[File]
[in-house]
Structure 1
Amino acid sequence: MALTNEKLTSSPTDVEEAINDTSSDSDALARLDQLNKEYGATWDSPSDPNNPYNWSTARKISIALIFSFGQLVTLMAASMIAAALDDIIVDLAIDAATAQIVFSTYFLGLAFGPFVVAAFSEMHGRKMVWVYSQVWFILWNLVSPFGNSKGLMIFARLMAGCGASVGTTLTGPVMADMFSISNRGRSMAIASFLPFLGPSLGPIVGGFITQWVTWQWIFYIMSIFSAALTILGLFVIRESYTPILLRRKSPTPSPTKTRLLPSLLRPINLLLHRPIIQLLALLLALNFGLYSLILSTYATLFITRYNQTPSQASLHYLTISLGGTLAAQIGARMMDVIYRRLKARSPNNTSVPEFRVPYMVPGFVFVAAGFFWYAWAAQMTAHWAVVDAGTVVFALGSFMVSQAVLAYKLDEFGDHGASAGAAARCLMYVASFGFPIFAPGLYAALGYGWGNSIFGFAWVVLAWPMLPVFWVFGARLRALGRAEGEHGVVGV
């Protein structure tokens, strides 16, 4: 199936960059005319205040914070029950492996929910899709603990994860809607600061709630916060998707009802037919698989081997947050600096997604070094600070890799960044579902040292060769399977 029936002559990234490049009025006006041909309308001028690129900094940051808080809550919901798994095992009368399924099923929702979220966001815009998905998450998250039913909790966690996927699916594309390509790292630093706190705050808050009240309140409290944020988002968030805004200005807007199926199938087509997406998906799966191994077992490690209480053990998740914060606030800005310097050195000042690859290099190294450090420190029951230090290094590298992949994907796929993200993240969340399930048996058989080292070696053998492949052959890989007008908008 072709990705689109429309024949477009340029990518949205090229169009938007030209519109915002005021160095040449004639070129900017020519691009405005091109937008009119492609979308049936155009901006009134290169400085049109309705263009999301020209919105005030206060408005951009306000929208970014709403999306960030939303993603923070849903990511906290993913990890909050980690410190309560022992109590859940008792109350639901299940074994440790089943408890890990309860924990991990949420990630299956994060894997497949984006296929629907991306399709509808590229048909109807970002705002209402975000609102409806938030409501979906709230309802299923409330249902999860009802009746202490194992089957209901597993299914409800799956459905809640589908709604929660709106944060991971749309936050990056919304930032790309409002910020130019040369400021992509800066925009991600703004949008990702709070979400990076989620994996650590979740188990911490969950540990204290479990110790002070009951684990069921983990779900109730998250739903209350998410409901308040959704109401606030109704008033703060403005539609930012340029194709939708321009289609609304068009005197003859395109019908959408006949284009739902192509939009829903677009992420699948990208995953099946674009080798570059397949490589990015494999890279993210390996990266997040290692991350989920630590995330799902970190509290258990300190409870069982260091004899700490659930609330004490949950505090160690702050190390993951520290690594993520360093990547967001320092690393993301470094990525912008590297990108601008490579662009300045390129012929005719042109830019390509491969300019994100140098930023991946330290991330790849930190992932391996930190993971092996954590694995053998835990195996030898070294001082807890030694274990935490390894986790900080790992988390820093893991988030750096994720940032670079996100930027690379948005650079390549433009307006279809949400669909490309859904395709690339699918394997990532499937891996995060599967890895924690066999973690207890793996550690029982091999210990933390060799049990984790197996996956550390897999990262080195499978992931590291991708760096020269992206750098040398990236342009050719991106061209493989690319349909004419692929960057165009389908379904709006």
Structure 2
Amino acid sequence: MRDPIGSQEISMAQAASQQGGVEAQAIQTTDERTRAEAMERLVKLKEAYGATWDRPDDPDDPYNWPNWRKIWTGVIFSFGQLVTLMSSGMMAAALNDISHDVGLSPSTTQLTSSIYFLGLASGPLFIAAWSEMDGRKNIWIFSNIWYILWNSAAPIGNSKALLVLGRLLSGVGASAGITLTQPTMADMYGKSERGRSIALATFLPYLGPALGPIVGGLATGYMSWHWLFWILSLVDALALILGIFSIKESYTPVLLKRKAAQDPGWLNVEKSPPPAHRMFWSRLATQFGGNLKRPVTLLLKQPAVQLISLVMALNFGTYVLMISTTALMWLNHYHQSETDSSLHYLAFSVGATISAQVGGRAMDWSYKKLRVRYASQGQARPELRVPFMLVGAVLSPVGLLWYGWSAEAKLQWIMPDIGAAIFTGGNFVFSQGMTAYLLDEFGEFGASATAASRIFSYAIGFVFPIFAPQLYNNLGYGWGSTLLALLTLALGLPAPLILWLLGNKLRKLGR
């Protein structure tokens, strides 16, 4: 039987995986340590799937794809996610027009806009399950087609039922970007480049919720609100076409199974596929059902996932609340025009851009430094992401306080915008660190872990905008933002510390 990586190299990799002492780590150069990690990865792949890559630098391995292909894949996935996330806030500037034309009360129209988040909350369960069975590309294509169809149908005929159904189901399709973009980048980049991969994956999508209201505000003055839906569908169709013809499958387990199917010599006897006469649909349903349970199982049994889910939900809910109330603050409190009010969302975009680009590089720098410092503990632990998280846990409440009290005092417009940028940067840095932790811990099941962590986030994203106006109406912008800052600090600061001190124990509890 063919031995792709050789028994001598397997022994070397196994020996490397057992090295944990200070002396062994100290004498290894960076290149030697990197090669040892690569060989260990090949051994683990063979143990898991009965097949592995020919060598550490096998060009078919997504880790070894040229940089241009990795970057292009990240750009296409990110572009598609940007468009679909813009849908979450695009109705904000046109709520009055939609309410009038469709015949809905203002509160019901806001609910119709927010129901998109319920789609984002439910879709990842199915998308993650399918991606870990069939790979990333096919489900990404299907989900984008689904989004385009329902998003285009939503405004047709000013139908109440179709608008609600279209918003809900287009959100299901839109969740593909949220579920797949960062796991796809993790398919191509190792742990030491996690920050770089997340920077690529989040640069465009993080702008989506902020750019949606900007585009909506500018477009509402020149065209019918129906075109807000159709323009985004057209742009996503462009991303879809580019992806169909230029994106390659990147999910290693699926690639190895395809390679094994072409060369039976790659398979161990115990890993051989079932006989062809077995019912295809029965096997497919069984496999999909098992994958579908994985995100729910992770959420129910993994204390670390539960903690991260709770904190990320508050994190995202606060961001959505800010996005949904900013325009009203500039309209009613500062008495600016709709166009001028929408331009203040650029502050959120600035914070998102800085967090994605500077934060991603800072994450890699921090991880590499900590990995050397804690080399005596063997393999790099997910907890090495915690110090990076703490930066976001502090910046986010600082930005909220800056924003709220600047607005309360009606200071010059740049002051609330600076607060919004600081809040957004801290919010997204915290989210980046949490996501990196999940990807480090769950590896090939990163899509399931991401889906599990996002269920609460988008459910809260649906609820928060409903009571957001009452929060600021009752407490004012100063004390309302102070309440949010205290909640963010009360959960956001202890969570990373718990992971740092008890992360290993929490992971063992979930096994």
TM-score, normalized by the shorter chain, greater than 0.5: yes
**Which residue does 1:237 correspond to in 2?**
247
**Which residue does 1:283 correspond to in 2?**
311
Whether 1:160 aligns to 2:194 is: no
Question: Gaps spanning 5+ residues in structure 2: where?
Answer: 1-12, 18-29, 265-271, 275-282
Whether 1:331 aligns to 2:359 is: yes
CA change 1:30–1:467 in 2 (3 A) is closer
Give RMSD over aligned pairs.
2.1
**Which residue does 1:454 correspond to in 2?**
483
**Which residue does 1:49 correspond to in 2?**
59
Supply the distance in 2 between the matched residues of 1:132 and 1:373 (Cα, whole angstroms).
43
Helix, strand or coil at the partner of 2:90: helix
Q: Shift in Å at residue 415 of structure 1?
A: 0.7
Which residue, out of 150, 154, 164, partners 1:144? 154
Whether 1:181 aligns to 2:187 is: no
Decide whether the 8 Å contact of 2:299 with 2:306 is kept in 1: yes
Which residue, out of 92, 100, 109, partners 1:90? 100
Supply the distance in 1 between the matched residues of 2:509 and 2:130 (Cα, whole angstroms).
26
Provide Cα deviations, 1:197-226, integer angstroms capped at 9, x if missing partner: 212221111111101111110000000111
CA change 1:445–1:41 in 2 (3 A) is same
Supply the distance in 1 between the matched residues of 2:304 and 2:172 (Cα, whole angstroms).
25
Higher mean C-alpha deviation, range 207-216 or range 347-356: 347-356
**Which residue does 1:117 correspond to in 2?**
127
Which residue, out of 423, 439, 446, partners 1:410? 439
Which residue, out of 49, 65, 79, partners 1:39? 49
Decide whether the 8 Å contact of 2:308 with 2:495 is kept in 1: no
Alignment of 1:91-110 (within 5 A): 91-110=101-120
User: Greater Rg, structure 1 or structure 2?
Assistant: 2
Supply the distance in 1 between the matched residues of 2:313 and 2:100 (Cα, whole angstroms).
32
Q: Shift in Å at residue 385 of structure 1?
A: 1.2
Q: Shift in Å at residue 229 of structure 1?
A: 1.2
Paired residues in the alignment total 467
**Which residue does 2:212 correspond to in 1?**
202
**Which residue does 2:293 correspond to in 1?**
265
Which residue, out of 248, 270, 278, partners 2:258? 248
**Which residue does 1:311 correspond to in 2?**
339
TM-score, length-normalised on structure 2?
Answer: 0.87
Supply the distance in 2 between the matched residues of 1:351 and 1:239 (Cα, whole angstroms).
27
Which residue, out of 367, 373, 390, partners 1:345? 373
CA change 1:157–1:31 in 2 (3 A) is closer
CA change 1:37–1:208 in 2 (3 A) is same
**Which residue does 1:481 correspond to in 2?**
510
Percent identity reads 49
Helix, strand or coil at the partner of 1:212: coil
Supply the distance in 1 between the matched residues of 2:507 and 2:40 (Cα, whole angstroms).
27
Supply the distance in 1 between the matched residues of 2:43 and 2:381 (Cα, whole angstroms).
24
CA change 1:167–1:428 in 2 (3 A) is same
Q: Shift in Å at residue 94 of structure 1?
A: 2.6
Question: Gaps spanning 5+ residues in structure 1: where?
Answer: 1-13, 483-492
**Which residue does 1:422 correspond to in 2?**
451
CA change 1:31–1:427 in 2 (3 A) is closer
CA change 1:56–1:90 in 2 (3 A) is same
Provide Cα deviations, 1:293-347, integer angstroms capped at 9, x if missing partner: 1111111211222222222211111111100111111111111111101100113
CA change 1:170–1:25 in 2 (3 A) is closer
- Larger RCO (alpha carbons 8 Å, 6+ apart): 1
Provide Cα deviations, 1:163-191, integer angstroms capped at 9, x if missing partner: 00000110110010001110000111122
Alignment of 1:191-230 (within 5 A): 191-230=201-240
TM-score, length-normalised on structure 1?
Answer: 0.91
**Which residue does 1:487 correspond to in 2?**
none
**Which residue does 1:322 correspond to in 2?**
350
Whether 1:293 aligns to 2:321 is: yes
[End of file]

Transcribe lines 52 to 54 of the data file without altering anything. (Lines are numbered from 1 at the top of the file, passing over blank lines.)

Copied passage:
Q: Shift in Å at residue 229 of structure 1?
A: 1.2
Paired residues in the alignment total 467